Thursday, February 21, 2013

How a Psychiatrist Predicts Violence



I am not a forensic psychiatrist.  I am a general adult psychiatrist, and ClinkShrink may have much more to add about such things. But with all this talk about potentially violent people and likely-to-be-violent people and legislation suggesting that psychiatrists should be the ones to determine if psychiatric patients are safe to own guns (no, no, please no...we treat mental illness, we don't certify people to use guns....) I thought I would try to demystify the process by which we determine if someone is dangerous.

For the routine, day-to-day shrink, we use two main measures of dangerousness:
~ History of violence
~ The patient's stated intent

If someone has never been violent and says they are not thinking about hurting themselves or anyone else, we assume they are not dangerous.

Are there other factors, or innuendo here? Of course, and other considerations may include:
~Substance abuse.  Substance abuse.  And substance abuse.  Substances dramatically increase the risk for violence.  Stay away from intoxicated people with weapons.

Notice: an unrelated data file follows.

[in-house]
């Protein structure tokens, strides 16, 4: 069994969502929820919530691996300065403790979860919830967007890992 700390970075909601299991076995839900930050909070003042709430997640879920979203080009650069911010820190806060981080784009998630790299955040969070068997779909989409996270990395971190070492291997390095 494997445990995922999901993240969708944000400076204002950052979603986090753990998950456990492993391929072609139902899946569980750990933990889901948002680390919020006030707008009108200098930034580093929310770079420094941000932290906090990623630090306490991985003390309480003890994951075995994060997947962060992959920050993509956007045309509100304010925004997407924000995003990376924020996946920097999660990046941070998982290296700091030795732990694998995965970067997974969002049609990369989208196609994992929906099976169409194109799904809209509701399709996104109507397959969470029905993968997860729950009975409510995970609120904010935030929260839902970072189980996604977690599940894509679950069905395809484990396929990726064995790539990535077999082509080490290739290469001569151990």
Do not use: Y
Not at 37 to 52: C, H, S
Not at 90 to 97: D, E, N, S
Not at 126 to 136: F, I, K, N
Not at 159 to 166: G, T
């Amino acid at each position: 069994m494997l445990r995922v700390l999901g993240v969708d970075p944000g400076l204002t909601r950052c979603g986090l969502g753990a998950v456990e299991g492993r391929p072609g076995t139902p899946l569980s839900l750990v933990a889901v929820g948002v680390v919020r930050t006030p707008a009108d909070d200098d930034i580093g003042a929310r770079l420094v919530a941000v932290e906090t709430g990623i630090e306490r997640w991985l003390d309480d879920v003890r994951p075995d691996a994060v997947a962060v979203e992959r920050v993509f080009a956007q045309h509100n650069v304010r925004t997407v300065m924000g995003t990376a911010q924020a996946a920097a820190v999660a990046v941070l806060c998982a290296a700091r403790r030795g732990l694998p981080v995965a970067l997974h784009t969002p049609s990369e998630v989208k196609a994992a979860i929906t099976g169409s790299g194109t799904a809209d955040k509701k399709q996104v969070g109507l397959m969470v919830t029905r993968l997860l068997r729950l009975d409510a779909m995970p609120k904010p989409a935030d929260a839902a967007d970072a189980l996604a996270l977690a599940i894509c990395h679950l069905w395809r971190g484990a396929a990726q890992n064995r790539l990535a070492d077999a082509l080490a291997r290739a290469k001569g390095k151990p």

~The presence of factors that distort someone's ability to accurately assess reality, such as psychosis, dementia, or delirium. 
~ The patient says they have no thoughts about hurting anyone, but there are indicators that they are not being truthful about their intent.  Usually this is in the form of information presented by other people and we realize that the other party may be presenting information that has been misunderstood or distorted or meeting their own agenda, so we do our best.
~How well the evaluating psychiatrist knows the patient.  In an Emergency Room, there may be the tendency to err in favor of over-stating dangerousness because the doctor has no history with the patient and needs to make an admit vs. release decision fairly quickly and often with limited information.   They may decide to admit a patient and let an inpatient team observe the patient and gather more information.
~The patient's tendency to behave impulsively.
~Sometimes family history is considered, especially in patients with mood disorders and a family history of suicide.

The most common dilemma is that people will say they are having thoughts about hurting themselves (much more common then thoughts about hurting others) and they are uncertain about whether they will act on them.  If the psychiatrist knows the patient and knows that such thoughts are fairly common for this person, and that historically they have not acted on such thoughts, they may be more comfortable deciding the patient is probably not imminently dangerous than if the patient has a history of serious suicide attempts.

Is there magic?  No.  Are we right?  Sometimes.